New Jersey lawmakers clash over Ballot Question No. 2

New Jersey's lawmakers are clashing over the fate

New Jersey's lawmakers are clashing over the fate of the state's gas tax money. (Credit: News 12 New Jersey)

TRENTON - Some of New Jersey’s leaders are clashing over whether or not to support a question on the November ballot, and it’s leaving many residents confused.

Ballot Question No. 2 refers to the state’s gas tax and where that money will go. The question asks, "Do you approve amending the Constitution to dedicate all revenue from the State motor fuels tax and petroleum products gross receipts tax to the Transportation Trust Fund?"

Those who say to vote “Yes” on the question, including New Jersey Senate President Steve Sweeney, say that it is the only way to keep the gas tax money for transportation projects only.

But Lt. Gov. Kim Guadagno says the question will also authorize officials to borrow up to $12 billion more for the transportation fund, putting the state in further debt. Guadagno had led the charge on Twitter and in interviews to urge voters to vote No.

Sweeney says that the lieutenant governor doesn’t have a funding plan of her own.

"She's been silent for seven years watching this administration raid the Turnpike Authority, the Parkway, the bridge, the toll hikes, and stood by silently when all these authorities raised tolls, which…is a tax on commuters,” Sweeney says. “To all of a sudden now say she's against this, she's a little bit late."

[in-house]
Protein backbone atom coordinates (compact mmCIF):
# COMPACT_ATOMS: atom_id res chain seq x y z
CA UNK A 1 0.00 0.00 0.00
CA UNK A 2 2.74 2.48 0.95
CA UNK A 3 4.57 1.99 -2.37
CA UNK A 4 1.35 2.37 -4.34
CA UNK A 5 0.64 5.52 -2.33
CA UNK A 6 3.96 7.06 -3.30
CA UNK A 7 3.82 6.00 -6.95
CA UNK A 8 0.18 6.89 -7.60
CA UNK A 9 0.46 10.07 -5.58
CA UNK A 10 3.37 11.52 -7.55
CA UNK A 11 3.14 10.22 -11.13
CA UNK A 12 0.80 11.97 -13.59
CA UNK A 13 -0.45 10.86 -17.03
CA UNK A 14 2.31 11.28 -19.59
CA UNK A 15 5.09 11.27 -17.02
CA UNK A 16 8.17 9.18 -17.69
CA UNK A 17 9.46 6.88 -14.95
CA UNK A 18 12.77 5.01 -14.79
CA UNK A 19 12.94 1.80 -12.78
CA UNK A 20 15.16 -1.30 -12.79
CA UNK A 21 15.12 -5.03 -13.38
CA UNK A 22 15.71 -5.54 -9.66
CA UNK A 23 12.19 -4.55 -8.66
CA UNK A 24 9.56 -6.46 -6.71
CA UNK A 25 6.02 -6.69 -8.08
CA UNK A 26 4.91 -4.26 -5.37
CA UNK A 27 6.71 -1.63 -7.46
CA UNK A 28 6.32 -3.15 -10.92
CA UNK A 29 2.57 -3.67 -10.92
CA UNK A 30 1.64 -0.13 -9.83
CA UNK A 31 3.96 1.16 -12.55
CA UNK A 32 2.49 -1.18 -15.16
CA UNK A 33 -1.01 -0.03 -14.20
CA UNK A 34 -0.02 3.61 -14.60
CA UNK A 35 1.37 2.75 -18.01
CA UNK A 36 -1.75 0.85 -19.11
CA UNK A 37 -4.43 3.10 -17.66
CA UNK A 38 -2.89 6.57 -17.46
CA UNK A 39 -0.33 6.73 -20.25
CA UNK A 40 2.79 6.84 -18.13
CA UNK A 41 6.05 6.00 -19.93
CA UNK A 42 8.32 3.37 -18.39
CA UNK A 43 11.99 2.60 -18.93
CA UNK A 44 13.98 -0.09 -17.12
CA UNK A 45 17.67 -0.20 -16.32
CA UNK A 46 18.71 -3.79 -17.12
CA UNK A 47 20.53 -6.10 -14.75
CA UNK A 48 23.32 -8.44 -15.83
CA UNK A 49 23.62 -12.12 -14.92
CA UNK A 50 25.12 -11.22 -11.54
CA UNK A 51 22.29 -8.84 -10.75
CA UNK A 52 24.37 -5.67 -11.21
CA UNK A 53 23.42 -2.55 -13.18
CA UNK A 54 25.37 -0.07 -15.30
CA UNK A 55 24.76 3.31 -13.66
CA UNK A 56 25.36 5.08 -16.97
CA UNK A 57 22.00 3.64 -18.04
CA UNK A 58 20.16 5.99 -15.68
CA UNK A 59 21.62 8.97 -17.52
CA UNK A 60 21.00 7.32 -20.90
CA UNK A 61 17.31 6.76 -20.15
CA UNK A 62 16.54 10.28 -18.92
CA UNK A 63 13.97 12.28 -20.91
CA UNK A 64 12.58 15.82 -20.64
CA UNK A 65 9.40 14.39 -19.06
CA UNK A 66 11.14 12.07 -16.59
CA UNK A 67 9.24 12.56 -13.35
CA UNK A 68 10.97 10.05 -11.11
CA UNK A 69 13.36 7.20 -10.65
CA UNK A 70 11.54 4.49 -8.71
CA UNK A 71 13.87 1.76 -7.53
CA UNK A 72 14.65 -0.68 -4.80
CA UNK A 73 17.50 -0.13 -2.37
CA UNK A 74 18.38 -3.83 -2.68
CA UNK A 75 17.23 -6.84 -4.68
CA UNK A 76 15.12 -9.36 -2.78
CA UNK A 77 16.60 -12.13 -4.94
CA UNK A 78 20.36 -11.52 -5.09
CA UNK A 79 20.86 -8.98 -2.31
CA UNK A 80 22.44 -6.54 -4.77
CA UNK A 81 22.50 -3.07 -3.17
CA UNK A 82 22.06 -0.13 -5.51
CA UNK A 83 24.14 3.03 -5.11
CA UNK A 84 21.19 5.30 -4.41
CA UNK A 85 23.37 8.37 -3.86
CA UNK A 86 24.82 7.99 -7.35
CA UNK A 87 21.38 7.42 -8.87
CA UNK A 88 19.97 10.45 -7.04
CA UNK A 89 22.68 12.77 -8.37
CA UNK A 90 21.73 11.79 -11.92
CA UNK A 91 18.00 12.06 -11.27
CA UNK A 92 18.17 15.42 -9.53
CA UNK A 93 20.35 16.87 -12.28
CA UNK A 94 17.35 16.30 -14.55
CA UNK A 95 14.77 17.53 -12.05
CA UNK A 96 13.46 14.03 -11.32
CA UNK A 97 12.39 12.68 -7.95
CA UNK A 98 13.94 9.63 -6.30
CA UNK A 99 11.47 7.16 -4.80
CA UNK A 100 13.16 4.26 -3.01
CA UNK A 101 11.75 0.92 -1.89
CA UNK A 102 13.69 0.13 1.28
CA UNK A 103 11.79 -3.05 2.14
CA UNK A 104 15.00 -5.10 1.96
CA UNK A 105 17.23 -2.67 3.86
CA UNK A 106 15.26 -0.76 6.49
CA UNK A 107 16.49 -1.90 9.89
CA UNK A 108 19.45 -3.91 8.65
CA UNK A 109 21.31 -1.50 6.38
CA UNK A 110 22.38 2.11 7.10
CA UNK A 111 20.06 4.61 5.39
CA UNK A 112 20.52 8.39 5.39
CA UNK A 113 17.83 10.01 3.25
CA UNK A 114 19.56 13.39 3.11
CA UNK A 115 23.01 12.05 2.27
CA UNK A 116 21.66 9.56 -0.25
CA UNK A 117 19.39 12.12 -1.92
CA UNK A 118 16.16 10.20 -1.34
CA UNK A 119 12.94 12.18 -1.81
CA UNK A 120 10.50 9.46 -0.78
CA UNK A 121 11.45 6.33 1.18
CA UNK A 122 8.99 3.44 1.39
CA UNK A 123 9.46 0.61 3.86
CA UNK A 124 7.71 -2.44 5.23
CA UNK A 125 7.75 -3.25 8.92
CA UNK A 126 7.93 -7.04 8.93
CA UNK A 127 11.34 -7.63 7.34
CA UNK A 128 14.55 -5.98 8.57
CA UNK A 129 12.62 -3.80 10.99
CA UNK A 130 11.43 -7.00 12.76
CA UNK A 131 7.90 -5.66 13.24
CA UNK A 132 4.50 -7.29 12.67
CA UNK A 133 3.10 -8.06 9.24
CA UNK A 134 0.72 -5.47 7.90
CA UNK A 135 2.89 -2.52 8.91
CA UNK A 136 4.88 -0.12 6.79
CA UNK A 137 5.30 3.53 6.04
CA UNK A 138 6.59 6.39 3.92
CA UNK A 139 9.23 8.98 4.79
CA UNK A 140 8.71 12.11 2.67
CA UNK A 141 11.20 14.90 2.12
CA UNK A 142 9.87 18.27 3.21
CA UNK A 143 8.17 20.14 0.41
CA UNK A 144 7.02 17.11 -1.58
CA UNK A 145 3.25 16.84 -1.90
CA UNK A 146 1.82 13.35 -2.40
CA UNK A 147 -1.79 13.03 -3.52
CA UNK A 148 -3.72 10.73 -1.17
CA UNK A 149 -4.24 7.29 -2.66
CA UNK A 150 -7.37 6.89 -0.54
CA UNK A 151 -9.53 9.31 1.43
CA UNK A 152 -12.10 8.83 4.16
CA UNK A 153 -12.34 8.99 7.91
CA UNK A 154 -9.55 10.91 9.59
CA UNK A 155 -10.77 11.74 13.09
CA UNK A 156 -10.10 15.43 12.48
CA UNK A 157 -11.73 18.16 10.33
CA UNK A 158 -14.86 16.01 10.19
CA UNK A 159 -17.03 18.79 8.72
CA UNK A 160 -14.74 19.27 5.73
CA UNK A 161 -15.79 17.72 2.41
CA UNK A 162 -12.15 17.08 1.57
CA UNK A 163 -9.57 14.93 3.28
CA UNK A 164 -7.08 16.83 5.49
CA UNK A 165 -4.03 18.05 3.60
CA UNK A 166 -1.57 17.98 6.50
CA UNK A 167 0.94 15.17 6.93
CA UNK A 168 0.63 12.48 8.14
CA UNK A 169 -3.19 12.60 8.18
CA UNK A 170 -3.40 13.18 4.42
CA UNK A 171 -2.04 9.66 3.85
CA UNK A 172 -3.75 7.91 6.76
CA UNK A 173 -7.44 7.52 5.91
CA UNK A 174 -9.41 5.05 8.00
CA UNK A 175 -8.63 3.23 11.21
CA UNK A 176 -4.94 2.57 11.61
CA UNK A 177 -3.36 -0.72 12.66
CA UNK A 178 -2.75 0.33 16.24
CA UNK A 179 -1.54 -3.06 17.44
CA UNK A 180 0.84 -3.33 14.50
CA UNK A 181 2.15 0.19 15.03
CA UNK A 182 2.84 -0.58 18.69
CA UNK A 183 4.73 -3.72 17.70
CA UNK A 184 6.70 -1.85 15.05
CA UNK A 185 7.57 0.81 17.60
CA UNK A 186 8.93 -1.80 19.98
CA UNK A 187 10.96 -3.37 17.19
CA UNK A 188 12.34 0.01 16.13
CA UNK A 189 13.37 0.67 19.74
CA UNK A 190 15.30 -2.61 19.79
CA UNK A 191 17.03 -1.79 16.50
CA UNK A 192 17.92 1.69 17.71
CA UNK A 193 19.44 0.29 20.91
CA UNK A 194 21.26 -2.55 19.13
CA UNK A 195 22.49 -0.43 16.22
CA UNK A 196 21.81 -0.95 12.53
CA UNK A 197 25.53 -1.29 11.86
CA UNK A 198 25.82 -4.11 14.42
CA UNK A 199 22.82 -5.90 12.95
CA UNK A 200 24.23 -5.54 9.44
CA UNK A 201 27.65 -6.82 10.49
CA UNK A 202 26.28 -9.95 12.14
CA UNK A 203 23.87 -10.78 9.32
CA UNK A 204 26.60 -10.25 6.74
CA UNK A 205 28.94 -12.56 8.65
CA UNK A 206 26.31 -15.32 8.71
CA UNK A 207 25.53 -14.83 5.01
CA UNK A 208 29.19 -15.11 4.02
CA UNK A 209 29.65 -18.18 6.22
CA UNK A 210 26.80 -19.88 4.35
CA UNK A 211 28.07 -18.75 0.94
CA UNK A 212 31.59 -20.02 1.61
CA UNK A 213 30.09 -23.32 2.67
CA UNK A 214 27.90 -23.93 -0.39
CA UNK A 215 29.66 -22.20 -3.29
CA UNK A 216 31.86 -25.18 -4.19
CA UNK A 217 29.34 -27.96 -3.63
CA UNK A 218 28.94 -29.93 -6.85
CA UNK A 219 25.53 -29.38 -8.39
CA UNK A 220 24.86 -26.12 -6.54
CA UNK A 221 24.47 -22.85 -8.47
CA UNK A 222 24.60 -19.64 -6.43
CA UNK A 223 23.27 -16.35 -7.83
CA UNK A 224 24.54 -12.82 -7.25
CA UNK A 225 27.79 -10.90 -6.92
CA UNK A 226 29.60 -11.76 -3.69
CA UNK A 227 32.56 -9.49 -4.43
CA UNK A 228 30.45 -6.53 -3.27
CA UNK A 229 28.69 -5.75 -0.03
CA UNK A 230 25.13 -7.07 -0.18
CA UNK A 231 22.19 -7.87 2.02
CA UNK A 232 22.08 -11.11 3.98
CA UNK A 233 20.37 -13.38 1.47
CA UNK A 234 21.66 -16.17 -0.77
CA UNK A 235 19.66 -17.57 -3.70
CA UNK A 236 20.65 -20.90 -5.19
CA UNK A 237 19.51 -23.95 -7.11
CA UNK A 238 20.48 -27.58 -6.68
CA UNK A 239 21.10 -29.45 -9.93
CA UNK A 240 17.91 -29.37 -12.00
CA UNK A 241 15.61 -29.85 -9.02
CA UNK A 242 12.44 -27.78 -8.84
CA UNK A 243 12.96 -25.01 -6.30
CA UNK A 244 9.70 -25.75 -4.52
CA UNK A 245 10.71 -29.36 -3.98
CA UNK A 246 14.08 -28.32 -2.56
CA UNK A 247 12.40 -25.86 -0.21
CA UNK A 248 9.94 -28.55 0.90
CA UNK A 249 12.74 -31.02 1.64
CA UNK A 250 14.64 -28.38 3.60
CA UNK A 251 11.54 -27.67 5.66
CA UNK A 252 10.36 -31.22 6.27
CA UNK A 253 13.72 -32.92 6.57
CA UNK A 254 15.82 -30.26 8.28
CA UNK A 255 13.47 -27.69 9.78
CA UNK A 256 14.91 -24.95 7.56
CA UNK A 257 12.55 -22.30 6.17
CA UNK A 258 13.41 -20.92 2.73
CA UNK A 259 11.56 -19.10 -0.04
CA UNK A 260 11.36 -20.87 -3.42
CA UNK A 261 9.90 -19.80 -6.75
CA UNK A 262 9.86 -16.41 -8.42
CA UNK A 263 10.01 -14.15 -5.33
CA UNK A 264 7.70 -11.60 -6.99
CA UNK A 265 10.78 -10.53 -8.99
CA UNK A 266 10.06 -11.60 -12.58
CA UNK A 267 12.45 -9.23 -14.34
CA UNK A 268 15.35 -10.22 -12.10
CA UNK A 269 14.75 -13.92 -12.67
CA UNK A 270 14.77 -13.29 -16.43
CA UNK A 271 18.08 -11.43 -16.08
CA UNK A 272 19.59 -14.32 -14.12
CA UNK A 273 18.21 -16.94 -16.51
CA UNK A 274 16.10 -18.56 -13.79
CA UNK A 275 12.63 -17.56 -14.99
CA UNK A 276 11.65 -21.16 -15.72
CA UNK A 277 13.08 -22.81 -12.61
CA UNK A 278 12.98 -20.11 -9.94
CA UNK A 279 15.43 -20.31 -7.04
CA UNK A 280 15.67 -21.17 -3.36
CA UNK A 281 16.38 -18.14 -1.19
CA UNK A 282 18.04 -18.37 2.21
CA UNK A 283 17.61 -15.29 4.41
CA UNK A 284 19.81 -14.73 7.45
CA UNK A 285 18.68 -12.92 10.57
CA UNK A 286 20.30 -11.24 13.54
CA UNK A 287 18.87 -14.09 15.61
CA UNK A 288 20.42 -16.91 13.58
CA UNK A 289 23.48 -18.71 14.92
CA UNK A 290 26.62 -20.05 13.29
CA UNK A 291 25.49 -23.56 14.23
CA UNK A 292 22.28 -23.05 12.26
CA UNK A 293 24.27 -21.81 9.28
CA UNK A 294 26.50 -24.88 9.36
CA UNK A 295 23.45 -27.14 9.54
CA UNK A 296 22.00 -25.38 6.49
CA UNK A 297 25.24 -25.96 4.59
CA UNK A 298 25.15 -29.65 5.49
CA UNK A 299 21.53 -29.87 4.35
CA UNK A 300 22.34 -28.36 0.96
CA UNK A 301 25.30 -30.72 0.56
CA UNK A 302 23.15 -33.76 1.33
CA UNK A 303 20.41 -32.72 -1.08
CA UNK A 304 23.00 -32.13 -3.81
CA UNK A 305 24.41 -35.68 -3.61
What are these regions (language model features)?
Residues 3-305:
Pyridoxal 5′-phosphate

The ballot question does not have a direct effect on the gas tax hike, which went into effect Nov. 1.

State records show that supporters of the amendment have put nearly $1.6 million behind the effort. The Election Law Enforcement Commission on Wednesday published reports showing a labor-business group called Forward NJ has raised about $636,000 in support of the question. That's in addition to nearly $1 million from the Engineers Labor-Employer Cooperative in support of the question.

Gov. Christie is also a supporter of the plan. His office says that Guadagno must misunderstand the issue.

The Associated Press wire services contributed to this report.

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